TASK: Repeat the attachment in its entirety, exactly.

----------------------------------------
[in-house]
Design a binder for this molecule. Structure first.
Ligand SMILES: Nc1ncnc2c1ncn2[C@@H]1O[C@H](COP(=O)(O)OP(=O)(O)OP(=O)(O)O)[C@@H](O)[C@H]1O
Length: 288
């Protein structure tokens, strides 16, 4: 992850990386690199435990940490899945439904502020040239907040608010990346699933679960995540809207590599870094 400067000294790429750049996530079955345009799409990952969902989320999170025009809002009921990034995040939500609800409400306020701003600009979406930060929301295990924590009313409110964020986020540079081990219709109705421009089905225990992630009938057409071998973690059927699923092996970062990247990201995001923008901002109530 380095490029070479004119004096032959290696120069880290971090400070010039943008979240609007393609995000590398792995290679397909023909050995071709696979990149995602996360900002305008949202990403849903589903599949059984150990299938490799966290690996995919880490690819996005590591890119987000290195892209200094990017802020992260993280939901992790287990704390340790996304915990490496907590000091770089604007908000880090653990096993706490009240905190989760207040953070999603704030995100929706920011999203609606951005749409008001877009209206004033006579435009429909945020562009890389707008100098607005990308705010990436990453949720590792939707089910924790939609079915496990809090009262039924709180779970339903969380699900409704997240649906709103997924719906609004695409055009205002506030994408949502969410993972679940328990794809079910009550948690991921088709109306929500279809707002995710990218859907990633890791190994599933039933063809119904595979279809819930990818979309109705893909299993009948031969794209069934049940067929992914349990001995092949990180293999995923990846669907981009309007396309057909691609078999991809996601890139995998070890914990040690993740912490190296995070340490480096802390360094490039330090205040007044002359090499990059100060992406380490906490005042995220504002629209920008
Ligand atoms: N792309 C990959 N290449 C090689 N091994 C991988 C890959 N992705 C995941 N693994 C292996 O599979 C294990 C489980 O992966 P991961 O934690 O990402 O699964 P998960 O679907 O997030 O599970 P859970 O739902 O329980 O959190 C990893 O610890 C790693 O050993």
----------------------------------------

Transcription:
[in-house]
Design a binder for this molecule. Structure first.
Ligand SMILES: Nc1ncnc2c1ncn2[C@@H]1O[C@H](COP(=O)(O)OP(=O)(O)OP(=O)(O)O)[C@@H](O)[C@H]1O
Length: 288
């Protein structure tokens, strides 16, 4: 992850990386690199435990940490899945439904502020040239907040608010990346699933679960995540809207590599870094 400067000294790429750049996530079955345009799409990952969902989320999170025009809002009921990034995040939500609800409400306020701003600009979406930060929301295990924590009313409110964020986020540079081990219709109705421009089905225990992630009938057409071998973690059927699923092996970062990247990201995001923008901002109530 380095490029070479004119004096032959290696120069880290971090400070010039943008979240609007393609995000590398792995290679397909023909050995071709696979990149995602996360900002305008949202990403849903589903599949059984150990299938490799966290690996995919880490690819996005590591890119987000290195892209200094990017802020992260993280939901992790287990704390340790996304915990490496907590000091770089604007908000880090653990096993706490009240905190989760207040953070999603704030995100929706920011999203609606951005749409008001877009209206004033006579435009429909945020562009890389707008100098607005990308705010990436990453949720590792939707089910924790939609079915496990809090009262039924709180779970339903969380699900409704997240649906709103997924719906609004695409055009205002506030994408949502969410993972679940328990794809079910009550948690991921088709109306929500279809707002995710990218859907990633890791190994599933039933063809119904595979279809819930990818979309109705893909299993009948031969794209069934049940067929992914349990001995092949990180293999995923990846669907981009309007396309057909691609078999991809996601890139995998070890914990040690993740912490190296995070340490480096802390360094490039330090205040007044002359090499990059100060992406380490906490005042995220504002629209920008
Ligand atoms: N792309 C990959 N290449 C090689 N091994 C991988 C890959 N992705 C995941 N693994 C292996 O599979 C294990 C489980 O992966 P991961 O934690 O990402 O699964 P998960 O679907 O997030 O599970 P859970 O739902 O329980 O959190 C990893 O610890 C790693 O050993």